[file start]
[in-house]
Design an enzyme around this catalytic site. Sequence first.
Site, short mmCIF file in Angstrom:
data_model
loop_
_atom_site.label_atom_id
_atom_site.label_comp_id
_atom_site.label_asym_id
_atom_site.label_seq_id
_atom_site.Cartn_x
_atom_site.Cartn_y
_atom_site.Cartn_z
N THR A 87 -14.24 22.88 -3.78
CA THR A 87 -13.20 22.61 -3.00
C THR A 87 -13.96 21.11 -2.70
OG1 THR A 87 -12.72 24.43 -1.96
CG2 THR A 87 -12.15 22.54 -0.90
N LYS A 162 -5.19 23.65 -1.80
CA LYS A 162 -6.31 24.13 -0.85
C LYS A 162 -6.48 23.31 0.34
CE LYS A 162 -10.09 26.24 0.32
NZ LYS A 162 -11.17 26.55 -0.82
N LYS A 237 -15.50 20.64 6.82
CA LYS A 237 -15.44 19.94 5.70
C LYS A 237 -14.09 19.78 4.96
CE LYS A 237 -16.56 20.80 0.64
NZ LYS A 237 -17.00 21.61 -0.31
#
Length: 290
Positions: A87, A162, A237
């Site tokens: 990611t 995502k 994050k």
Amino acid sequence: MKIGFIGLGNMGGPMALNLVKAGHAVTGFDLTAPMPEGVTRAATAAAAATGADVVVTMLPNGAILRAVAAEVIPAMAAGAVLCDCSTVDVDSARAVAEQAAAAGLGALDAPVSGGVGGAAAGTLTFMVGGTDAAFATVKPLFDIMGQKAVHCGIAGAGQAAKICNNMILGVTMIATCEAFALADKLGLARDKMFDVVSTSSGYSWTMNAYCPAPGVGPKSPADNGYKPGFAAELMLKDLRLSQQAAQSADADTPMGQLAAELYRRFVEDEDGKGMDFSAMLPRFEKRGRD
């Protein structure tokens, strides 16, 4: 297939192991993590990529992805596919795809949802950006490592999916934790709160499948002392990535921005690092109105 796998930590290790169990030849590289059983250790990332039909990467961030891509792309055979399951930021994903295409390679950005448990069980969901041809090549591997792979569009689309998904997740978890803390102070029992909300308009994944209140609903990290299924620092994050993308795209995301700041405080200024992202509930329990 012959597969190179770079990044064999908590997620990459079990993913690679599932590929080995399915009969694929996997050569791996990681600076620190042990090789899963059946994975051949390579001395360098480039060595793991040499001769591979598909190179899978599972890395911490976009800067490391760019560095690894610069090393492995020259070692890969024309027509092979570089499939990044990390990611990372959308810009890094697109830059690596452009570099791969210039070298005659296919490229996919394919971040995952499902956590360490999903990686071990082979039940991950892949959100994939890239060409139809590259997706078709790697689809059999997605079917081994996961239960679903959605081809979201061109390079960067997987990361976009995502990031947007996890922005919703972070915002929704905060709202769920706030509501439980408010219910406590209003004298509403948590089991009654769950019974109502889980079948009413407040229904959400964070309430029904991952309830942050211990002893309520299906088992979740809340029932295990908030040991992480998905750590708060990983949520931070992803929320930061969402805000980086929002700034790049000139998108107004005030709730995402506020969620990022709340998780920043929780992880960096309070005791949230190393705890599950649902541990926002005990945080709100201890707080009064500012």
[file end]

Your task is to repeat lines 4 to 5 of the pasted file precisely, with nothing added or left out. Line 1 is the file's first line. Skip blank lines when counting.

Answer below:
data_model
loop_